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Rome

Rome (Roma) is the capital city of Italy. It is located on the Tiber river,
in the central part of the country near the Tyrrhenian Sea, at 4150'N,
1215'E. The Vatican City, located in an enclave within Rome, is the seat of
the Pope of the Roman Catholic church.

Rome was the seat of the Roman Kingdom, Roman Republic, and the Roman Empire.

By tradition, Rome was founded on April 21, 753 BC, by Romulus, who killed
in the process his twin brother named Remus. This date was the basis for the
Roman calendar and the Julian calendar (Ab urbe condita)
Romulus and Remus were allegedly sons of the god Mars and the priestess Rea
Silvia, daughter of Numitor, king of Albalonga. The boys were abandoned to
save them from the hate of Amulius, a pretender to Albalonga's throne, and
taken care of by a she-wolf, even today one of the symbols of Rome. See also
founding of Rome

Rome was built on the Sun hill, which was later named Palatine, and extended
to include the seven hills:

   * Palatine,
   * Aventine,
   * Capitoline,
   * Quirinal,
   * Viminal,
   * Esquiline and
   * Caelian,

     after the Moon, Mercury, Venus, Mars, Jupiter and Saturn (see also
     Roman mythology).

There is a mnemonic device used to recall the names of the seven hills: Can
Queen Victoria Eat Cold Apple Pie?

The Roman civilisation developed the Latin language, its official language
and one of the fundamental elements in linguistics, and the source of the
Romance languages. It is to this day the official language of the Catholic
Church and the Vatican.

Rome timeline

   * 753 BC - The founding of Rome
   * 509 BC - End of Roman Kingdom, constitution of the Roman Republic
   * 451 BC - With the publishing of the Laws of the 12 Tables, the Roman
     law is born
   * 390 BC Rome is sacked by the Gauls. All historical records are
     destroyed, putting the period between 753-390 in the realm of legend.
   * 343 BC-146 BC - Roman expansion and conquest of Italian peoples
     (Etruscans, Samnites, Tarentini), African peoples (Carthage), Hellenic
     peoples (Macedones, Greeks), Asian peoples (Syrians, Rhodenses,
     Pergamus), Gaulish peoples (Ligures, Caenomanes, Veneti), and Iberian
     peoples (Lusitani, Celtiberians).
   * 133 BC-123 BC - Democratical reformations by Gracchi
   * 44 BC - Julius Caesar murdered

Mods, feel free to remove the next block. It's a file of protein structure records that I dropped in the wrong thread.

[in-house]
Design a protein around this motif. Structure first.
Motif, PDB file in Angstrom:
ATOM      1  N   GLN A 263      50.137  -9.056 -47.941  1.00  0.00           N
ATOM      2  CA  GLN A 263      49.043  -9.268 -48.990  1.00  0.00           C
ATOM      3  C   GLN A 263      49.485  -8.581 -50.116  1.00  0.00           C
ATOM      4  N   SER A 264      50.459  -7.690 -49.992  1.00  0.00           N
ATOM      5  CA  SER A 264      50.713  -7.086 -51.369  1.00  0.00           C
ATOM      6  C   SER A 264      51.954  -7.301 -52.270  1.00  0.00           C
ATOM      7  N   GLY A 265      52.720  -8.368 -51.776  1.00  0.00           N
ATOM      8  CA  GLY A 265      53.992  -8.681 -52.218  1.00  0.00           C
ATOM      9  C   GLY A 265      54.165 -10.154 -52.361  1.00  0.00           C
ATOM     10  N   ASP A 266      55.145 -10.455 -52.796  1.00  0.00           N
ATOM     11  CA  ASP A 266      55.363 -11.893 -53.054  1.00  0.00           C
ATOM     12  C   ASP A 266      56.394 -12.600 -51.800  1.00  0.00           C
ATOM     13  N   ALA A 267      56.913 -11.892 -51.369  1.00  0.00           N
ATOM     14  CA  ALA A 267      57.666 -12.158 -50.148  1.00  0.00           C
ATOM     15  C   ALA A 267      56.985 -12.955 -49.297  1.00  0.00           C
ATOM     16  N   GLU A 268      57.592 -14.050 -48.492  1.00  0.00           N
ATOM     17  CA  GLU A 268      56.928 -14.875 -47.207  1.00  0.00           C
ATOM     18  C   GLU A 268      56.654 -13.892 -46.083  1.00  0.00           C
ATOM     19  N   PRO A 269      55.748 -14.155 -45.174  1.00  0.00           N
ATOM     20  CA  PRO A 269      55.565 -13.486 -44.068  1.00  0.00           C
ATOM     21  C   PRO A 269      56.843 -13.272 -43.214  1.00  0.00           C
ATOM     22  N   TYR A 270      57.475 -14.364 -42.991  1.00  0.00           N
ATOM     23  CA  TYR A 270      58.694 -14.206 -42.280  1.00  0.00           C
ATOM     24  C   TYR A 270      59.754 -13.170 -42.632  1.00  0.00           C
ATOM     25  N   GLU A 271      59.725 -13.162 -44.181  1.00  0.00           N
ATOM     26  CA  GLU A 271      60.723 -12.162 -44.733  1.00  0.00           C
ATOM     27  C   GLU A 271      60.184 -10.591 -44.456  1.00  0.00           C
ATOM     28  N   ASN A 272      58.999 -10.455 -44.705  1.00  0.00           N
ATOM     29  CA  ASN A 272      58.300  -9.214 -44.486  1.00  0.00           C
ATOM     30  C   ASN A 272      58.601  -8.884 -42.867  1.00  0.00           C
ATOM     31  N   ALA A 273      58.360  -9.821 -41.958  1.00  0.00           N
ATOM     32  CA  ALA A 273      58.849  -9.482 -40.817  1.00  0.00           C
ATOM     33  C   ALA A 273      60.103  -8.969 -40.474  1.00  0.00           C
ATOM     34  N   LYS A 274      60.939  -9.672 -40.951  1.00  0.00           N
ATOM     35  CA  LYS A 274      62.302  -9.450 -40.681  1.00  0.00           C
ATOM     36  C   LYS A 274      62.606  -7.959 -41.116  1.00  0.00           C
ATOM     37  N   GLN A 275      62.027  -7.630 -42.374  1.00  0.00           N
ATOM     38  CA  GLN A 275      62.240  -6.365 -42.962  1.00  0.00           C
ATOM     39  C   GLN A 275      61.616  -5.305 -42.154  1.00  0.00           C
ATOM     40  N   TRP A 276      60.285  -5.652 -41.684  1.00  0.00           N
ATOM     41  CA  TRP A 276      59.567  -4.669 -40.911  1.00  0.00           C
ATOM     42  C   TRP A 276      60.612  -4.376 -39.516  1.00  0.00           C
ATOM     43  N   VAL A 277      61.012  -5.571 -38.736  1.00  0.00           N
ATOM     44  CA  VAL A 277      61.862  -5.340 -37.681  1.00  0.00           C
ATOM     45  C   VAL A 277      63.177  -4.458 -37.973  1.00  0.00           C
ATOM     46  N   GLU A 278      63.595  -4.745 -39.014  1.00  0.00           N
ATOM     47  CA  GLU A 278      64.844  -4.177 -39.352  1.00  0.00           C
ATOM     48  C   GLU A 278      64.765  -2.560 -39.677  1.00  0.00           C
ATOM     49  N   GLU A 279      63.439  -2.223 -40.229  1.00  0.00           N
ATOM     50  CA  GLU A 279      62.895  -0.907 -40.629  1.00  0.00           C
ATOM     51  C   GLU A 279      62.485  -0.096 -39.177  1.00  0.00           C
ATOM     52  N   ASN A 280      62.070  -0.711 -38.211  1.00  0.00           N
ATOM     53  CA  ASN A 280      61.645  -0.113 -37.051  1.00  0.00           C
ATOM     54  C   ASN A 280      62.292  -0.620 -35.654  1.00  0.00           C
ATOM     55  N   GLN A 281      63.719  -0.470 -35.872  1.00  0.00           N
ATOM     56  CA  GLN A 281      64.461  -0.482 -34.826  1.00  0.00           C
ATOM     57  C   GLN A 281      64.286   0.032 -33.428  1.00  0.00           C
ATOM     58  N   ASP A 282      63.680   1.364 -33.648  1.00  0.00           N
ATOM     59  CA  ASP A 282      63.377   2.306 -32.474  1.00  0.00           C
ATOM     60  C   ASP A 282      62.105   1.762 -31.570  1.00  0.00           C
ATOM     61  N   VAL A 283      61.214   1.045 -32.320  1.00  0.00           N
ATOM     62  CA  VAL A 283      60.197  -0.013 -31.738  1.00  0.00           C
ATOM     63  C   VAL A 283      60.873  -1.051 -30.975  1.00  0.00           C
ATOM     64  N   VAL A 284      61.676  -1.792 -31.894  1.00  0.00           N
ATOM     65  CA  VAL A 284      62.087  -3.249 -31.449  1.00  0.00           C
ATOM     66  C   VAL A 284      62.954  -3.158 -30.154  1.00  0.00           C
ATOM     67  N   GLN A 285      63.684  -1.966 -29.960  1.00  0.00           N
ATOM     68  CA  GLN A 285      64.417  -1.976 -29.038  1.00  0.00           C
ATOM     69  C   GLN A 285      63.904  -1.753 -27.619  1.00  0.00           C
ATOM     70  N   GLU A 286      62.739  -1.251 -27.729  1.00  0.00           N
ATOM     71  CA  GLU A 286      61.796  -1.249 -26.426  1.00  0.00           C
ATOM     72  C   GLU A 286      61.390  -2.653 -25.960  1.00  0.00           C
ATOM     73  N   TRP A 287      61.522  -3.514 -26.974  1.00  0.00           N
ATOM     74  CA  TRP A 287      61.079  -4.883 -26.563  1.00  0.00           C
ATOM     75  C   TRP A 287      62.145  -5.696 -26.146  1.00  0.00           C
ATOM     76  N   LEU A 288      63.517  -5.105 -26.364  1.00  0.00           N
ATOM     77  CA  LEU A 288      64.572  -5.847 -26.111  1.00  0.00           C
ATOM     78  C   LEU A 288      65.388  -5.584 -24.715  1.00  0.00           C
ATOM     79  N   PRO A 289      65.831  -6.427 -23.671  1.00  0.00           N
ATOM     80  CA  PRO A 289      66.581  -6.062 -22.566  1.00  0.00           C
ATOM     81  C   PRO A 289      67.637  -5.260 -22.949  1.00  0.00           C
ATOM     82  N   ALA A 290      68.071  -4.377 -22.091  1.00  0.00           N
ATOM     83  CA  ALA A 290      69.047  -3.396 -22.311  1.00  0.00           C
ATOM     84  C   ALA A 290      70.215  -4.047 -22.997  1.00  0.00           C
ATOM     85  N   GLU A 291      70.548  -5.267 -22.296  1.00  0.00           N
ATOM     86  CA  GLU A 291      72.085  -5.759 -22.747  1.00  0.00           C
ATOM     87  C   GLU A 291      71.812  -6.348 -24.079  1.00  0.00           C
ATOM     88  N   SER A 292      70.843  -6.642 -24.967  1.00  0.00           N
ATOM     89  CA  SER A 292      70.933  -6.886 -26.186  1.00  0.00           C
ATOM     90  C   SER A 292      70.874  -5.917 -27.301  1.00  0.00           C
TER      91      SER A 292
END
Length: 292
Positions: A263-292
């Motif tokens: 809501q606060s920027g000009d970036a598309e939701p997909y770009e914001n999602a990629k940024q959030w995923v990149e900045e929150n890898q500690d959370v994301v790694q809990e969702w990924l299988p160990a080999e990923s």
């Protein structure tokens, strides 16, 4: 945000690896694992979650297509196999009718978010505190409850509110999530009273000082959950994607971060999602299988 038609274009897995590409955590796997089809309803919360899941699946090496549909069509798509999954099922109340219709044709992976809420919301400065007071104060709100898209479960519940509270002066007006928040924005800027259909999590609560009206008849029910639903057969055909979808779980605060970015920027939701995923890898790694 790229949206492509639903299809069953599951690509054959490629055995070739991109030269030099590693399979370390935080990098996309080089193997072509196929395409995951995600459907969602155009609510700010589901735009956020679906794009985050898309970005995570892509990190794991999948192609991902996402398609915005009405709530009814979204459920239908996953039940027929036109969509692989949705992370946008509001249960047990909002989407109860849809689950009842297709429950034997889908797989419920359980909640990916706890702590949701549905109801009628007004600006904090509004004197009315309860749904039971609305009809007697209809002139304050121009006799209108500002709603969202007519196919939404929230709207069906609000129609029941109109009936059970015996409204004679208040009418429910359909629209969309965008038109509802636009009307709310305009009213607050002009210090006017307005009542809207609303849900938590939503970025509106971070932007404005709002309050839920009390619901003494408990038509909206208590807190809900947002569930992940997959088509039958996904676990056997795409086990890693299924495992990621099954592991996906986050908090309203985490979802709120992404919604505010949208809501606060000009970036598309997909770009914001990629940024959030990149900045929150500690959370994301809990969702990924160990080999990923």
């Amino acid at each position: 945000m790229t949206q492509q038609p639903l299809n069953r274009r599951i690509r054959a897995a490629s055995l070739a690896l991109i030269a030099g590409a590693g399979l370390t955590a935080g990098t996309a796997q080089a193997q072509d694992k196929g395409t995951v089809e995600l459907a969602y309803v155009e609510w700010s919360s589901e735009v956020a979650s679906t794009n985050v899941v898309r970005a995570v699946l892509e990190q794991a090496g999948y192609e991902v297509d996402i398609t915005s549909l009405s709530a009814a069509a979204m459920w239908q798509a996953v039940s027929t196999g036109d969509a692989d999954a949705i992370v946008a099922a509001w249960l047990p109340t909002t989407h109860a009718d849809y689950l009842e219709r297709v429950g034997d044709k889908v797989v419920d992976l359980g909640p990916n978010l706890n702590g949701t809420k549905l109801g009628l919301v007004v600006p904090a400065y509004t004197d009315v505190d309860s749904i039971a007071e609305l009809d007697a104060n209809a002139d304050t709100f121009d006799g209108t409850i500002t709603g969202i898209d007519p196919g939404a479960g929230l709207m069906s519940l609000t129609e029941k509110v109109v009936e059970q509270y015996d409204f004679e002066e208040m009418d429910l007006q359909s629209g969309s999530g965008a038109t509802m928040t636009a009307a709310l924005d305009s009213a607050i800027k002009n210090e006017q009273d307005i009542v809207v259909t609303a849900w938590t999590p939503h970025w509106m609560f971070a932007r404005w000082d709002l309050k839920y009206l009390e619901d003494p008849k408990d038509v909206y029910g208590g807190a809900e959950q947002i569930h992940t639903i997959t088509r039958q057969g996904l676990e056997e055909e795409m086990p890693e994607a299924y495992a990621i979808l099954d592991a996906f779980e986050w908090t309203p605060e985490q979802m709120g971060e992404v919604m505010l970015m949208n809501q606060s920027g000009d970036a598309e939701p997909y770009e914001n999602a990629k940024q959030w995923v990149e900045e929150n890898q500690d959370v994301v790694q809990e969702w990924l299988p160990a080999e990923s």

* 31 BC-AD 14 - Age of Augustus, end of civil wars (pax romana) and
     transformation of the republic into the Roman Empire
   * 64 - Great fire of Rome: A fire starts on July 18 in the merchant area
     of Rome and soon burns completely out of control while Emperor Nero
     reportedly plays his lyre and sings while watching the blaze from a
     safe distance.
   * 96-192 - greatest territorial extension of the Empire, under Nerva,
     Trajan, Hadrian and the Antoninii
   * 395 - Death of Theodosius the Great, division of the Empire, Rome
     becomes the capital city of Western Roman Empire
   * 410 - Visigoths sack Rome
   * 454 - Following the death of Valentinian III, the Vandals invade Rome,
     extensively looting it, and carry off several of Valentinian's
     surviving family as hostages
   * 800 - On Christmas, Charlemagne is crowned Imperator of the Holy Roman
     Empire by Pope Leo III
   * 1095 - First Lateran Council, Roman curia made sole responsible of the
     papal election
   * 1144 - Founding of the Comune (town council) of Rome
   * 1347 and 1354 - Popular government by Cola di Rienzo, while popes are
     in Avignon
   * 1527 - Rome is sacked by Lansquenets
   * 1798-1799 - The first Roman Republic
   * 1848-1849 - The second Roman Republic (led by Giuseppe Mazzini and
     Aurelio Saffi), Pope Pius IX out of town
   * 1870 - Bersaglieri, selected troops of Sardinian army, enter Rome by
     Porta Pia
   * 1871 - Rome is the capital city of Italy, the Italian unification is
     complete, the House of Savoy rules the kingdom of Italy
   * 1929 - With the Lateran Pacts (Concordato), Italy and Vatican settle
     respective borders, attributions, competences. The Holy See loses its
     temporal power outside Vatican City
   * 1942 - During World War II Rome is bombed by the Allies for the first
     time in the war on July 19.
   * 1946 - The king leaves Italy, that becomes a republic, most of the
     royal patrimony in the town is attributed to the city Council

See: Roman Kingdom, Roman Republic, Roman Empire

After the fall of the Roman Empire, Rome soon became the capital city of the
Papal States, the territorial entity ruled by the Papacy that would last
until 1870, when Italy was unified by the former king of Sardinia. During
this long period Rome became the worldwide centre of Christianity and
increasingly developed a relevant political role that made it one of the
most important towns of the Old Continent. In art, although Florence became
the center of humanism and the Rinascimento (Renaissance), Rome was the
center of baroque, and architecture deeply affected its central areas.

In the 16th century a central area was delimited around Portico d'Ottavia,